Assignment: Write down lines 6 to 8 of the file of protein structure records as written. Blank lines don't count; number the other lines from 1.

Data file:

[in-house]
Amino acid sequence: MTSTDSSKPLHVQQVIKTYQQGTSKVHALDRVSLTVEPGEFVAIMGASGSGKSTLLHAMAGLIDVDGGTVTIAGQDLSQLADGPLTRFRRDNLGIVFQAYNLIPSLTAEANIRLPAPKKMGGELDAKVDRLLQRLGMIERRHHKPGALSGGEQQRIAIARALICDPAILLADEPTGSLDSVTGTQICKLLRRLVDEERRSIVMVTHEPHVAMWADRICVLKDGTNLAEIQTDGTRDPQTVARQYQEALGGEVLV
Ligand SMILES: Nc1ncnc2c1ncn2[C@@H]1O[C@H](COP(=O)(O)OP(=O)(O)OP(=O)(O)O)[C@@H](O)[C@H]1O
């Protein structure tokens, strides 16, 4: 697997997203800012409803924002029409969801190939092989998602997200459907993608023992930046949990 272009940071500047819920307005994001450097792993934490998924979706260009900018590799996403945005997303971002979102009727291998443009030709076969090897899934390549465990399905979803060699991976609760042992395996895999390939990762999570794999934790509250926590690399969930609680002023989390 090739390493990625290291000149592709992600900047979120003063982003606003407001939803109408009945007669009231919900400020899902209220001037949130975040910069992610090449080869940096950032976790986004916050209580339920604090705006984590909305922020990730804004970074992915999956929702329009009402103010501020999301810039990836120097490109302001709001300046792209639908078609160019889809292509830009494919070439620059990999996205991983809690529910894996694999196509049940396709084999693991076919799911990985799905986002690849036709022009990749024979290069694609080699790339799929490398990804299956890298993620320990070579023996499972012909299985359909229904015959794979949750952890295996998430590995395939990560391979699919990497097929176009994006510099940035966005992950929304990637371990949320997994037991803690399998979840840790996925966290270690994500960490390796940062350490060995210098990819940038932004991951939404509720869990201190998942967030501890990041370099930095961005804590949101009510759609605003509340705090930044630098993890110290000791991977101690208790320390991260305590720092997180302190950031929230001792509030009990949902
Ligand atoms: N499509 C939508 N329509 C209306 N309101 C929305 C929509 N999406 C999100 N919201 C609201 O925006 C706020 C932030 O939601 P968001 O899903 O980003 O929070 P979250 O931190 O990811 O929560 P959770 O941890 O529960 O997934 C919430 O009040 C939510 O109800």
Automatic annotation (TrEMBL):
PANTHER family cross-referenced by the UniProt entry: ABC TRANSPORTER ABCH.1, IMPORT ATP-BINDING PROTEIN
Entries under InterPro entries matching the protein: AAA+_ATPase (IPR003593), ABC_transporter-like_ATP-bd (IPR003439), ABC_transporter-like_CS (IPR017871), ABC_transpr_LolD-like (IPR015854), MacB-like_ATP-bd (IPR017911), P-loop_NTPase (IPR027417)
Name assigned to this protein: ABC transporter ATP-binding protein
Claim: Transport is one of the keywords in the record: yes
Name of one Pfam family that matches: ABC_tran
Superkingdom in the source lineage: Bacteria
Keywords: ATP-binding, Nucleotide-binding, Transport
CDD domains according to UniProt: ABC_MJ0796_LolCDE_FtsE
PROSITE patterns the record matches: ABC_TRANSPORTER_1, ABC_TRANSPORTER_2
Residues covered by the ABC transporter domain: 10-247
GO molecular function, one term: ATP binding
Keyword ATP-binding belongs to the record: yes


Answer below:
Automatic annotation (TrEMBL):
PANTHER family cross-referenced by the UniProt entry: ABC TRANSPORTER ABCH.1, IMPORT ATP-BINDING PROTEIN
Entries under InterPro entries matching the protein: AAA+_ATPase (IPR003593), ABC_transporter-like_ATP-bd (IPR003439), ABC_transporter-like_CS (IPR017871), ABC_transpr_LolD-like (IPR015854), MacB-like_ATP-bd (IPR017911), P-loop_NTPase (IPR027417)